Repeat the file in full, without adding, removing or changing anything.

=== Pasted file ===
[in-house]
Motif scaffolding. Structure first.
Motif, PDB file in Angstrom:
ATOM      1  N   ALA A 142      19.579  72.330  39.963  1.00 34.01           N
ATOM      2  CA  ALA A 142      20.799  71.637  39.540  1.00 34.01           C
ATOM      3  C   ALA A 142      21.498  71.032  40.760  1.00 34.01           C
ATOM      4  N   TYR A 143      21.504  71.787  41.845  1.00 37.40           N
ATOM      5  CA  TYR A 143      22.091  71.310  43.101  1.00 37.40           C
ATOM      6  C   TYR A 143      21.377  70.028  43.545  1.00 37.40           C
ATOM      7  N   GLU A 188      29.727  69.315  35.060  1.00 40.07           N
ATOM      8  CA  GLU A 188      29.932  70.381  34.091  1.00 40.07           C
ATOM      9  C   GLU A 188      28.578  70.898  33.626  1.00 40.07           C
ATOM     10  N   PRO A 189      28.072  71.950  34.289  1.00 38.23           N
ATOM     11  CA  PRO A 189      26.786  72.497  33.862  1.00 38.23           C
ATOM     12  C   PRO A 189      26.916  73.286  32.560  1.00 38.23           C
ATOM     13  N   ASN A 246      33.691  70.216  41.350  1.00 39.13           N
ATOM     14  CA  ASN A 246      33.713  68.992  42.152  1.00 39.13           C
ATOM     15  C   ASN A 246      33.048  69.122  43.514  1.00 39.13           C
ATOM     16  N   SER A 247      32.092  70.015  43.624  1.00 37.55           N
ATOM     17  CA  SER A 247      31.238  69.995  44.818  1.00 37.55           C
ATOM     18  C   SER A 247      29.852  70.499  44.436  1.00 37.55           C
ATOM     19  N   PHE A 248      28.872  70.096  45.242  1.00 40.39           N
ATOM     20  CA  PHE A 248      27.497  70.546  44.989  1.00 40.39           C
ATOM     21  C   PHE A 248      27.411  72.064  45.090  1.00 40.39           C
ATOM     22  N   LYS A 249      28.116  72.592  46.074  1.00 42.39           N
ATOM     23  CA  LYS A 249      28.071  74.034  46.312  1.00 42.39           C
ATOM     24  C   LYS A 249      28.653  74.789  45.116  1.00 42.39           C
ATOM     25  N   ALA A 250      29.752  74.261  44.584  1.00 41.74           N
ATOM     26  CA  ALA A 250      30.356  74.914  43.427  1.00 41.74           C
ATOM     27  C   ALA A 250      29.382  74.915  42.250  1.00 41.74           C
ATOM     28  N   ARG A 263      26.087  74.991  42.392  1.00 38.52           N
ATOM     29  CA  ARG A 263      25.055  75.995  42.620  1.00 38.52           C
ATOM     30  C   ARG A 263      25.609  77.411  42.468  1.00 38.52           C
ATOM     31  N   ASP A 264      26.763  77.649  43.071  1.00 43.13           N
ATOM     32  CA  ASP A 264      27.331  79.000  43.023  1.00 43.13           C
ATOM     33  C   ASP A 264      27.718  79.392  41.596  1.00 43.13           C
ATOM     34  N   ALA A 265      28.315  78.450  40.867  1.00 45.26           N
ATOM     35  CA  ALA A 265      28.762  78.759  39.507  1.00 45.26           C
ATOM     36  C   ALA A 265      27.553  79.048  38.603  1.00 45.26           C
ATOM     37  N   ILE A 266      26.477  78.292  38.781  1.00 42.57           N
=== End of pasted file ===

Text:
[in-house]
Motif scaffolding. Structure first.
Motif, PDB file in Angstrom:
ATOM      1  N   ALA A 142      19.579  72.330  39.963  1.00 34.01           N
ATOM      2  CA  ALA A 142      20.799  71.637  39.540  1.00 34.01           C
ATOM      3  C   ALA A 142      21.498  71.032  40.760  1.00 34.01           C
ATOM      4  N   TYR A 143      21.504  71.787  41.845  1.00 37.40           N
ATOM      5  CA  TYR A 143      22.091  71.310  43.101  1.00 37.40           C
ATOM      6  C   TYR A 143      21.377  70.028  43.545  1.00 37.40           C
ATOM      7  N   GLU A 188      29.727  69.315  35.060  1.00 40.07           N
ATOM      8  CA  GLU A 188      29.932  70.381  34.091  1.00 40.07           C
ATOM      9  C   GLU A 188      28.578  70.898  33.626  1.00 40.07           C
ATOM     10  N   PRO A 189      28.072  71.950  34.289  1.00 38.23           N
ATOM     11  CA  PRO A 189      26.786  72.497  33.862  1.00 38.23           C
ATOM     12  C   PRO A 189      26.916  73.286  32.560  1.00 38.23           C
ATOM     13  N   ASN A 246      33.691  70.216  41.350  1.00 39.13           N
ATOM     14  CA  ASN A 246      33.713  68.992  42.152  1.00 39.13           C
ATOM     15  C   ASN A 246      33.048  69.122  43.514  1.00 39.13           C
ATOM     16  N   SER A 247      32.092  70.015  43.624  1.00 37.55           N
ATOM     17  CA  SER A 247      31.238  69.995  44.818  1.00 37.55           C
ATOM     18  C   SER A 247      29.852  70.499  44.436  1.00 37.55           C
ATOM     19  N   PHE A 248      28.872  70.096  45.242  1.00 40.39           N
ATOM     20  CA  PHE A 248      27.497  70.546  44.989  1.00 40.39           C
ATOM     21  C   PHE A 248      27.411  72.064  45.090  1.00 40.39           C
ATOM     22  N   LYS A 249      28.116  72.592  46.074  1.00 42.39           N
ATOM     23  CA  LYS A 249      28.071  74.034  46.312  1.00 42.39           C
ATOM     24  C   LYS A 249      28.653  74.789  45.116  1.00 42.39           C
ATOM     25  N   ALA A 250      29.752  74.261  44.584  1.00 41.74           N
ATOM     26  CA  ALA A 250      30.356  74.914  43.427  1.00 41.74           C
ATOM     27  C   ALA A 250      29.382  74.915  42.250  1.00 41.74           C
ATOM     28  N   ARG A 263      26.087  74.991  42.392  1.00 38.52           N
ATOM     29  CA  ARG A 263      25.055  75.995  42.620  1.00 38.52           C
ATOM     30  C   ARG A 263      25.609  77.411  42.468  1.00 38.52           C
ATOM     31  N   ASP A 264      26.763  77.649  43.071  1.00 43.13           N
ATOM     32  CA  ASP A 264      27.331  79.000  43.023  1.00 43.13           C
ATOM     33  C   ASP A 264      27.718  79.392  41.596  1.00 43.13           C
ATOM     34  N   ALA A 265      28.315  78.450  40.867  1.00 45.26           N
ATOM     35  CA  ALA A 265      28.762  78.759  39.507  1.00 45.26           C
ATOM     36  C   ALA A 265      27.553  79.048  38.603  1.00 45.26           C
ATOM     37  N   ILE A 266      26.477  78.292  38.781  1.00 42.57           N